Desire to think –

Perhaps it is the memory of the red flags in the notebook from school that leads most to the conviction that numbers and formulas can always tell whether something is true or not. But in his new book, French mathematics professor and talented narrator Mikael Launay separates with his readers into a fascinating world in which mathematical questions are based on point of view and it is fun to search for mystery in phrases in order to learn new things.

How do you add to the multiplication? What is the magnitude of infinity? What do dimensions mean? Why is Mount Everest not the highest mountain on Earth? Apparently, Launay succeeds in conveying the basic ideas of number theory, set theory, geometry, logic and relativity – without any equations, simple and always with custom examples. He explains infinity with chocolate and the secrets of Euclid’s geometry with monsters. Through anecdotes, he brings readers closer to scientists such as Cantor, Newton, Benford, Einstein, and Mandelbrot and entertainingly explains their ideas.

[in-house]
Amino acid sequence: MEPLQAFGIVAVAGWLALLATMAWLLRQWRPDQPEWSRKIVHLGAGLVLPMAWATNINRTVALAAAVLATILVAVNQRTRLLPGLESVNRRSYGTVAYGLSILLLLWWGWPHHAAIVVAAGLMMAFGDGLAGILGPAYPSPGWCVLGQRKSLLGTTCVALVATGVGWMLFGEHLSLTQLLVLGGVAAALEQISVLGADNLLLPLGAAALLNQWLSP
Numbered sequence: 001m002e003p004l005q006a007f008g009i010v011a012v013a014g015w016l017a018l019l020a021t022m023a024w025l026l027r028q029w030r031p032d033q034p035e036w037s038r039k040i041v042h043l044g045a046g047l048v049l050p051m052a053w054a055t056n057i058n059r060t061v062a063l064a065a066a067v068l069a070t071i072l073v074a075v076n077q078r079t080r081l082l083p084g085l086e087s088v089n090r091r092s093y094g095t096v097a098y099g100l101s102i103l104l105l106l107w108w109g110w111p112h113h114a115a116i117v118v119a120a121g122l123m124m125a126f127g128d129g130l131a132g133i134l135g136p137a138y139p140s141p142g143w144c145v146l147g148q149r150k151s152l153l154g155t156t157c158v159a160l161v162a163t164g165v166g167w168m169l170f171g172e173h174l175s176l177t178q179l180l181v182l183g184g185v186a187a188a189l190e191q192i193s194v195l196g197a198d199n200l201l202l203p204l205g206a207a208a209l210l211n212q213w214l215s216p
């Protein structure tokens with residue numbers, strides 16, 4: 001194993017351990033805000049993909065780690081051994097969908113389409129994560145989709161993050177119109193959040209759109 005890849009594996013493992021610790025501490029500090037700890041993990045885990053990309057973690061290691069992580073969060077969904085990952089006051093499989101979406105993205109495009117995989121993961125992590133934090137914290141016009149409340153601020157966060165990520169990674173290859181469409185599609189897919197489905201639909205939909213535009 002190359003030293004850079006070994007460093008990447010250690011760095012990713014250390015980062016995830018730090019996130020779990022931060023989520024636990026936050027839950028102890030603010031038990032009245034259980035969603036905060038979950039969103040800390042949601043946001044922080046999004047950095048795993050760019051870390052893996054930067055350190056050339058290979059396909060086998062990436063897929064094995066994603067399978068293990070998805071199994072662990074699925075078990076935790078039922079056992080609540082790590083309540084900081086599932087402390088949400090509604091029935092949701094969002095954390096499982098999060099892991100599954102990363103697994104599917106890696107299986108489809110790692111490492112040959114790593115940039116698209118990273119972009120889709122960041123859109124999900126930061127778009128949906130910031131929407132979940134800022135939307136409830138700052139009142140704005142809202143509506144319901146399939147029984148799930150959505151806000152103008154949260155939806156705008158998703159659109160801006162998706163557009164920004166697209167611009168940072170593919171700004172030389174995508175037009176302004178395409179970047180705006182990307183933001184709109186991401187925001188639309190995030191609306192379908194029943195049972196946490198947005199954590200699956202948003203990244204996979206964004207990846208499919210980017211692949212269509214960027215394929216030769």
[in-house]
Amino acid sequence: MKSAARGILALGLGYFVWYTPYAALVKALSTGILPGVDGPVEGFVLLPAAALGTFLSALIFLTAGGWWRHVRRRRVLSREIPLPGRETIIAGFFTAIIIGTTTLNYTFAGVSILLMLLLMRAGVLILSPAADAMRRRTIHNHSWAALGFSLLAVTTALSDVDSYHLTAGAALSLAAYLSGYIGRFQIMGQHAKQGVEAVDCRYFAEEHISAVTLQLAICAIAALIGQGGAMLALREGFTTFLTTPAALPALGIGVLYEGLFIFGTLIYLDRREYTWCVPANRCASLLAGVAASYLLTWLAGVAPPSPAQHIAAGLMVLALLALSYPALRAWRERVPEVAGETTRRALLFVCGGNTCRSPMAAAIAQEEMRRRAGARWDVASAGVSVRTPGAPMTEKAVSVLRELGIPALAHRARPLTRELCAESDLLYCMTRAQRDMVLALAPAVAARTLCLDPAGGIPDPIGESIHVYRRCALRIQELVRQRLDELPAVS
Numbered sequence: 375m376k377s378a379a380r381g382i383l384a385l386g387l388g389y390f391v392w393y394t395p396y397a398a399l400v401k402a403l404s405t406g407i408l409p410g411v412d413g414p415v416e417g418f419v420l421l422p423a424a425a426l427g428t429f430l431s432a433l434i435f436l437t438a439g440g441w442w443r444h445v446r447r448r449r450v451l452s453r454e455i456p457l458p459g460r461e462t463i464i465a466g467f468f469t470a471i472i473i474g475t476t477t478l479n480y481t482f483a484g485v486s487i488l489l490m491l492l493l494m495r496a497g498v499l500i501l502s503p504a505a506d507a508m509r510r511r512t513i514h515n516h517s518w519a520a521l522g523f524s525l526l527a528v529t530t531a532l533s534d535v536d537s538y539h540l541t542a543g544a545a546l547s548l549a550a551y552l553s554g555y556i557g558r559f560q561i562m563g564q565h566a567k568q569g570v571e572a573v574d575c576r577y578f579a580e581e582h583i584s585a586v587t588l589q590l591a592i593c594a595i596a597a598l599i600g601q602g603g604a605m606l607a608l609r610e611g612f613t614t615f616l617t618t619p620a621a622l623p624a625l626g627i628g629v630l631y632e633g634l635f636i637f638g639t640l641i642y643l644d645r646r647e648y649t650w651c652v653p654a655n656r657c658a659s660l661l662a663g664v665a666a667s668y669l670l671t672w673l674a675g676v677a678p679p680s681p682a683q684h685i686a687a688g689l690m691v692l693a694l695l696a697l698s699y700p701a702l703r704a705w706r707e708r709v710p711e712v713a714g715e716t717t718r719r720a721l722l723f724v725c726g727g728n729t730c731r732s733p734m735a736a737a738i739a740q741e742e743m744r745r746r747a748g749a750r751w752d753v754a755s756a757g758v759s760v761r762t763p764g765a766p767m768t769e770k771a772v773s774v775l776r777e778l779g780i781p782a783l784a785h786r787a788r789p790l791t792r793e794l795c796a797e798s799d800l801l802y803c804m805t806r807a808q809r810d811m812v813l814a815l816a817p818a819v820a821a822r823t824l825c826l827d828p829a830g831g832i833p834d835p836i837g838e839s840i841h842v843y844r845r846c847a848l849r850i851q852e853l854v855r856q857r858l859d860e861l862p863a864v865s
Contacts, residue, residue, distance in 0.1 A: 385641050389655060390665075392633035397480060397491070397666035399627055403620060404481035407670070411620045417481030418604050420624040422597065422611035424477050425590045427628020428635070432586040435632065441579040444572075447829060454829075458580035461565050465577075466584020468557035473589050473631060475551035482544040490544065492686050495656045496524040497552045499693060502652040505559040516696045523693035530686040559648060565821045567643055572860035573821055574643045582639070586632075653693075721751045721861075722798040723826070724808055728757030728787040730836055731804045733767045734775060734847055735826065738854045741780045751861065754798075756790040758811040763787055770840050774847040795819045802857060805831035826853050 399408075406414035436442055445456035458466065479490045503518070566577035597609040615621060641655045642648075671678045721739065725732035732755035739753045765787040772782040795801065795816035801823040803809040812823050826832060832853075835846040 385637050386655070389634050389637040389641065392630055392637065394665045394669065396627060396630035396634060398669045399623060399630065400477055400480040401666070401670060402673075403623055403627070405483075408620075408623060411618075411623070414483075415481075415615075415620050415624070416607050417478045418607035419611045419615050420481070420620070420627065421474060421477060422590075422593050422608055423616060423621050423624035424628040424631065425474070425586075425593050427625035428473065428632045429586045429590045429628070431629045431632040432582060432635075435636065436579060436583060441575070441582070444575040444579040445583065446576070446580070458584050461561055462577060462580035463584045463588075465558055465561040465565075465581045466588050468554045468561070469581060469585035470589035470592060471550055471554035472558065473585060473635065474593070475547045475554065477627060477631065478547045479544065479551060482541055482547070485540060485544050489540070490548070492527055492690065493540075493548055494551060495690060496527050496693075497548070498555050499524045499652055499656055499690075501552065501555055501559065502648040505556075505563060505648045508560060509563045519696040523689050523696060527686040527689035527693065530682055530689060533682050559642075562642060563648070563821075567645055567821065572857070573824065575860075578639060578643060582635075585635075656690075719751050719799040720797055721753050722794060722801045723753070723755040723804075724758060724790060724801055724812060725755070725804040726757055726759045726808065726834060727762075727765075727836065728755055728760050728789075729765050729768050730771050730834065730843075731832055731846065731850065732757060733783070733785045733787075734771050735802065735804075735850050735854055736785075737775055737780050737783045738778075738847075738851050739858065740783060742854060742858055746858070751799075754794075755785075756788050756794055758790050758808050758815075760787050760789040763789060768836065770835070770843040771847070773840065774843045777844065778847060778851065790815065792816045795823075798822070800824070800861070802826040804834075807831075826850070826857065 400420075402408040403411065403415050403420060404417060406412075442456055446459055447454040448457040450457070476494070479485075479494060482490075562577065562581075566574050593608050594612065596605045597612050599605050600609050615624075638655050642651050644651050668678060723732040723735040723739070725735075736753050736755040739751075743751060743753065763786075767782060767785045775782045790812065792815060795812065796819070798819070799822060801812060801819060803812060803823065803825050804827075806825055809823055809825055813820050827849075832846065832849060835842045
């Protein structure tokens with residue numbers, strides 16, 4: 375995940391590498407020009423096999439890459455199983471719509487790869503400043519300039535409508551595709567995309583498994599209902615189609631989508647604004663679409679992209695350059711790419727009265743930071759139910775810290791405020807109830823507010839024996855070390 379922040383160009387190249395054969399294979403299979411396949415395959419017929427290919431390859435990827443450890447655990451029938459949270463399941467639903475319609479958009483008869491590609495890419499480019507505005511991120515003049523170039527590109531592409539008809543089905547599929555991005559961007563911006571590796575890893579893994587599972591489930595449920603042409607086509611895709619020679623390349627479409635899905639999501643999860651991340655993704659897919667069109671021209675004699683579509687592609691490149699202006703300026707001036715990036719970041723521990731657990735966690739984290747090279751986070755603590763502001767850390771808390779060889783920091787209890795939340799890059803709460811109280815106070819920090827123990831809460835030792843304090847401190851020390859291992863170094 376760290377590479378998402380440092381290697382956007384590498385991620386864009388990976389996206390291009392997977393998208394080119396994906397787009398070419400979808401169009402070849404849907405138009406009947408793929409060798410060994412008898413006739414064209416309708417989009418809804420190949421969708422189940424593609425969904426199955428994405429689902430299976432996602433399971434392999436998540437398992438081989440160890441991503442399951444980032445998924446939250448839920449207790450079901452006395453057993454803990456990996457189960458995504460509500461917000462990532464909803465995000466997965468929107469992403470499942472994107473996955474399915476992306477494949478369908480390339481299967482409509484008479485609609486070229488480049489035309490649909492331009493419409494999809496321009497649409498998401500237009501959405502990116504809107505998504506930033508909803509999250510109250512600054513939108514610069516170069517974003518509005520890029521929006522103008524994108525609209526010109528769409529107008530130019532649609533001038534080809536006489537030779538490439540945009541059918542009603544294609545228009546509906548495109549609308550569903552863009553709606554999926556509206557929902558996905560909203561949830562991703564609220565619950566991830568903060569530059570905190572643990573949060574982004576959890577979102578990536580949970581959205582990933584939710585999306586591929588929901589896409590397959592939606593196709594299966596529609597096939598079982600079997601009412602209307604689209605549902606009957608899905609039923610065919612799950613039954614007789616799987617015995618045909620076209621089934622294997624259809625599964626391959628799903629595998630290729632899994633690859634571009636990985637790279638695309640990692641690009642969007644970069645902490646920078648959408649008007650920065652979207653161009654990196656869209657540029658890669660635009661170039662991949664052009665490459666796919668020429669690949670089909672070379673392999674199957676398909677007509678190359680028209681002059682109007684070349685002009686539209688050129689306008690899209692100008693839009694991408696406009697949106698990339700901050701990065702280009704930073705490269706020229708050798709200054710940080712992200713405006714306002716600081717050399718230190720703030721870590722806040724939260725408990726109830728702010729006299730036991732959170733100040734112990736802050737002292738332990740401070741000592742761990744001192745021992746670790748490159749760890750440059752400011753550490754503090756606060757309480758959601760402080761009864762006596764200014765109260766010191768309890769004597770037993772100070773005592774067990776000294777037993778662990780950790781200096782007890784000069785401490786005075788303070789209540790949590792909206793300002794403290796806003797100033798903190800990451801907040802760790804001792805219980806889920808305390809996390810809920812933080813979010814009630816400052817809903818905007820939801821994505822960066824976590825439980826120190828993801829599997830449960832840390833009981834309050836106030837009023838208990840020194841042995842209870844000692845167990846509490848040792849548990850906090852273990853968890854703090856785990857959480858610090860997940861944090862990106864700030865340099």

After reading the universal formula, no one has any desire for mathematics as being just right or wrong. The desire to think and other points of view increases. This book expands the mind in the best sense of the word – without any pills.Tobias Beck

Michael Looney
parachute formula
CH Beck, 281 S., €22.95
ISBN 978–3–406–75648–1

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